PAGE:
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I'm wondering why the following argument doesn't work for showing that the existence of a Las Vegas algorithm also implies the existence of a deterministic algorithm:

Suppose that there is a Las Vegas algorithm $A$ that solves some graph problem $P$, i.e., $A$ takes an $n$-node input graph $G$ as input (I'm assuming the number of edges is $\le n$) and eventually yields a correct output, while terminating within time $T(G)$ with some nonzero probability.

Suppose that there is no deterministic algorithm that solves $P$. Let $A^\rho$ be the deterministic algorithm that is given by running the Las Vegas algorithm $A$ with a fixed bit string $\rho$ as its random string. Let $k=k(n)$ be the number of $n$-node input graphs (with $\le n$ edges). Since there is no deterministic algorithm for $P$, it follows that, for any $\rho$, the deterministic algorithm $A^\rho$ fails on at least one of the $k$ input graphs. Returning to the Las Vegas algorithm $A$, this means that $A$ has a probability of failure of $\ge 1/k$, a contradiction to $A$ being Las Vegas.

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these are more typically called "Monte Carlo" algorithms. there is another way to study this problem. imagine that a Monte Carlo algorithm is combined with a PRNG, but that is equivalent to a deterministic algorithm. the actual problem/challenge here is called "derandomization" & is a complex topic in TCS.. still looking for good survey... – vzn Mar 10 '14 at 3:45
@vzn No. A Las Vegas algorithm is one that takes a random amount of time but always gives the right answer; a Monte Carlo algorithm takes a fixed amount of time but may give the wrong answer. – David Richerby Mar 10 '14 at 7:22
oops ok! las vegas algorithm wikipedia – vzn Mar 10 '14 at 15:14

There is no contradiction here. A Las Vegas algorithm terminates in expected polynomial time, say $Q(n)$. Markov's inequality shows that for any given polynomial $R(n)$, it terminates in polynomial time $Q(n)R(n)$ with probability $1-1/R(n)$. The number of graphs on $n$ vertices, $k(n)$, is exponential in $n$, so the failure probability $1/R(n)$ is much larger than $1/k(n)$.

Another subtle point is uniformity. A deterministic algorithm needs to handle any input size, while your $A^\rho$ can only handle inputs of certain size. In general, a randomized algorithm can use an unbounded number of random bits. However, your argument can still be formulated in terms of non-uniform models such as circuits, and it is still wrong for the reason described above.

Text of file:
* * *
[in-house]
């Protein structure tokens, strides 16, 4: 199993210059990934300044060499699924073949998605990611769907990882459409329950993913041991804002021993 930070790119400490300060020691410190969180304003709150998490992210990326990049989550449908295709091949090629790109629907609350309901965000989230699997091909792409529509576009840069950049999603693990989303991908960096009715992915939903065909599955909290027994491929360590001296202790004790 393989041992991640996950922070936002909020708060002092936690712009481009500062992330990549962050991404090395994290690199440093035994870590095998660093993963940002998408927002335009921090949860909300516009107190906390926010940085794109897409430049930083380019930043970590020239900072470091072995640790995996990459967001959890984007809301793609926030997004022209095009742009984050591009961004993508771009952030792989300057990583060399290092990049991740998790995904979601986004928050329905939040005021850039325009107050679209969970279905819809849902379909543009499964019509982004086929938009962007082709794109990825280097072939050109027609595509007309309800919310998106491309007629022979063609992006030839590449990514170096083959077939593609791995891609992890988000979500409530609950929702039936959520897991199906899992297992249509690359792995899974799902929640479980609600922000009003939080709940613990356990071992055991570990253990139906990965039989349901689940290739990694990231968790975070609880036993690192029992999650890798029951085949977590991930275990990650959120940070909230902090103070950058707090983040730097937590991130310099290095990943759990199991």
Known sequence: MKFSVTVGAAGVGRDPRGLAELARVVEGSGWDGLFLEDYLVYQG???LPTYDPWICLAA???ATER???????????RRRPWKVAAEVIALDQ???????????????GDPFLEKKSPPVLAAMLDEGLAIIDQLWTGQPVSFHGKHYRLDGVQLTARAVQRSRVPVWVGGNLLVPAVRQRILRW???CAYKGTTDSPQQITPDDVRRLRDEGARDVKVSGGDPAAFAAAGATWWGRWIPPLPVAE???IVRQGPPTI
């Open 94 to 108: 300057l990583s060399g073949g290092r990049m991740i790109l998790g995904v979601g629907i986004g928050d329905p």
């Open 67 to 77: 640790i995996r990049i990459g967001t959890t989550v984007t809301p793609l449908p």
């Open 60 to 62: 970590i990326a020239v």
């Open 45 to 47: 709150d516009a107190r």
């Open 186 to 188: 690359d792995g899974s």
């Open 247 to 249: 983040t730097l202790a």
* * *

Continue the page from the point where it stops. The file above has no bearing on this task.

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OK, now I understand what you're saying. But I don't see why you're assuming that a Las Vegas algorithm must terminate in expected polytime. For example, isn't bogosort an Las Vegas algorithm running in something like factorial time? (Guaranteed to produce the right answer but running time is random.) – David Richerby Mar 10 '14 at 12:24
A "polynomial time Las Vegas algorithm" is a randomized algorithm whose expected running time is polynomial. It's true that every language computed in expected time $T(n)$, for any $T(n)$, is computable, since you can try all possible random strings in parallel. – Yuval Filmus Mar 10 '14 at 19:23
Sure. But this question is about Las Vegas algorithms in general, with no restriction to ones that run in expected polynomial time. – David Richerby Mar 10 '14 at 20:07

Your algorithm $A^\rho$ has a fixed string of "random" bits, of fixed length $|\rho|$. That means it can only simulate $A$ on inputs that require at most $|\rho|$ random bits to process. If that is all inputs, then you have your deterministic algorithm right there. Otherwise, $A^\rho$ is not a simulation of $A$ on all inputs, so it does not solve $P$, as it was claimed to.

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As I comment in my answer, while this is one reason why the argument fails, it would fail even in the non-uniform model. – Yuval Filmus Mar 10 '14 at 12:03

There are several subtleties here.

  1. The existence of a Las Vegas algorithm does imply the existence of a deterministic algorithm: Simply simulate the Las Vegas algorithm on all possible random strings, dovetailing the computation so that they are computed in parallel, until one of the computations return an answer. This doesn't necessarily mean that there is an efficient deterministic algorithm, however (e.g. one running not much slower than the expectation of the Las Vegas algorithm).

  2. To produce a contradiction, you gave your deterministic algorithm oracle access to a single, fixed random string. This is "deterministic", since the string is fixed, but it is no longer a polynomial-time algorithm because it gets to read this fixed random string. This random string must grow with the size of the input, so essentially you've given your algorithm access to an infinite amount of information. This is what's referred to as a non-uniform model of computation -- the algorithm gets some amount of "advice" that is growing in the size of the input. So you would have shown that there is a non-uniform deterministic algorithm running in about the same time as the expected runtime of the algorithm. But you would not have shown that there is a uniform deterministic algorithm.

  3. As Yuval points out in his first paragraph, it's ok that, for a fixed random string $\rho$, the algorithm returns "fail" with probability much greater than $1/k(n)$ (with $k(n)$ the number of $n$-node graphs). We just need something like, for each input graph, for "most" random strings $\rho$, we get back an answer.

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